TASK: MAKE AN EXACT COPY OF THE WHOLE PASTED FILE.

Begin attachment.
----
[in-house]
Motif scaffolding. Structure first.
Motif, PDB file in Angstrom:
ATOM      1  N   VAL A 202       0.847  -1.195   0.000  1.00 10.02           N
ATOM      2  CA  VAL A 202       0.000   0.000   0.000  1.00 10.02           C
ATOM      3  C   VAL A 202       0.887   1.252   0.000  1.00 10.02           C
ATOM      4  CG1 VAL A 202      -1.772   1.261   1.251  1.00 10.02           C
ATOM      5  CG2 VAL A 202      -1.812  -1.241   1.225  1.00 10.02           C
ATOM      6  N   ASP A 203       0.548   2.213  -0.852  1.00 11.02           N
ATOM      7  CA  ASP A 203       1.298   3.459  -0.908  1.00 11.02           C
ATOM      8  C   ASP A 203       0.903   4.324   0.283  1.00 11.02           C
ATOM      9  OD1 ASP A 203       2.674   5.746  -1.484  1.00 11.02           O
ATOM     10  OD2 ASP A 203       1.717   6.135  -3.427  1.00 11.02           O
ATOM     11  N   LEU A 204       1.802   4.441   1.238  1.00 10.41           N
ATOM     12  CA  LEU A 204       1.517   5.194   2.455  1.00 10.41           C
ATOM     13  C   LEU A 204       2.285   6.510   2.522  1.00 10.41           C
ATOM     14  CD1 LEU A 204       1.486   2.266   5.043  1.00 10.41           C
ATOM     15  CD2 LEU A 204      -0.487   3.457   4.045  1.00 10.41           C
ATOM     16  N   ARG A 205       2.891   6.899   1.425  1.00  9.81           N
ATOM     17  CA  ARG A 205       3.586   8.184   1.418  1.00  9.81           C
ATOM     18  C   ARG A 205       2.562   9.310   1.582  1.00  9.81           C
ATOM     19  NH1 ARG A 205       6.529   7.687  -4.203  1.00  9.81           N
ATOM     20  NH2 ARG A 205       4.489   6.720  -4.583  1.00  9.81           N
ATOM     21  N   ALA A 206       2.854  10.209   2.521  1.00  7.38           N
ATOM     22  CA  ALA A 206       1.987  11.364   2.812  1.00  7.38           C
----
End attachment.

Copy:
[in-house]
Motif scaffolding. Structure first.
Motif, PDB file in Angstrom:
ATOM      1  N   VAL A 202       0.847  -1.195   0.000  1.00 10.02           N
ATOM      2  CA  VAL A 202       0.000   0.000   0.000  1.00 10.02           C
ATOM      3  C   VAL A 202       0.887   1.252   0.000  1.00 10.02           C
ATOM      4  CG1 VAL A 202      -1.772   1.261   1.251  1.00 10.02           C
ATOM      5  CG2 VAL A 202      -1.812  -1.241   1.225  1.00 10.02           C
ATOM      6  N   ASP A 203       0.548   2.213  -0.852  1.00 11.02           N
ATOM      7  CA  ASP A 203       1.298   3.459  -0.908  1.00 11.02           C
ATOM      8  C   ASP A 203       0.903   4.324   0.283  1.00 11.02           C
ATOM      9  OD1 ASP A 203       2.674   5.746  -1.484  1.00 11.02           O
ATOM     10  OD2 ASP A 203       1.717   6.135  -3.427  1.00 11.02           O
ATOM     11  N   LEU A 204       1.802   4.441   1.238  1.00 10.41           N
ATOM     12  CA  LEU A 204       1.517   5.194   2.455  1.00 10.41           C
ATOM     13  C   LEU A 204       2.285   6.510   2.522  1.00 10.41           C
ATOM     14  CD1 LEU A 204       1.486   2.266   5.043  1.00 10.41           C
ATOM     15  CD2 LEU A 204      -0.487   3.457   4.045  1.00 10.41           C
ATOM     16  N   ARG A 205       2.891   6.899   1.425  1.00  9.81           N
ATOM     17  CA  ARG A 205       3.586   8.184   1.418  1.00  9.81           C
ATOM     18  C   ARG A 205       2.562   9.310   1.582  1.00  9.81           C
ATOM     19  NH1 ARG A 205       6.529   7.687  -4.203  1.00  9.81           N
ATOM     20  NH2 ARG A 205       4.489   6.720  -4.583  1.00  9.81           N
ATOM     21  N   ALA A 206       2.854  10.209   2.521  1.00  7.38           N
ATOM     22  CA  ALA A 206       1.987  11.364   2.812  1.00  7.38           C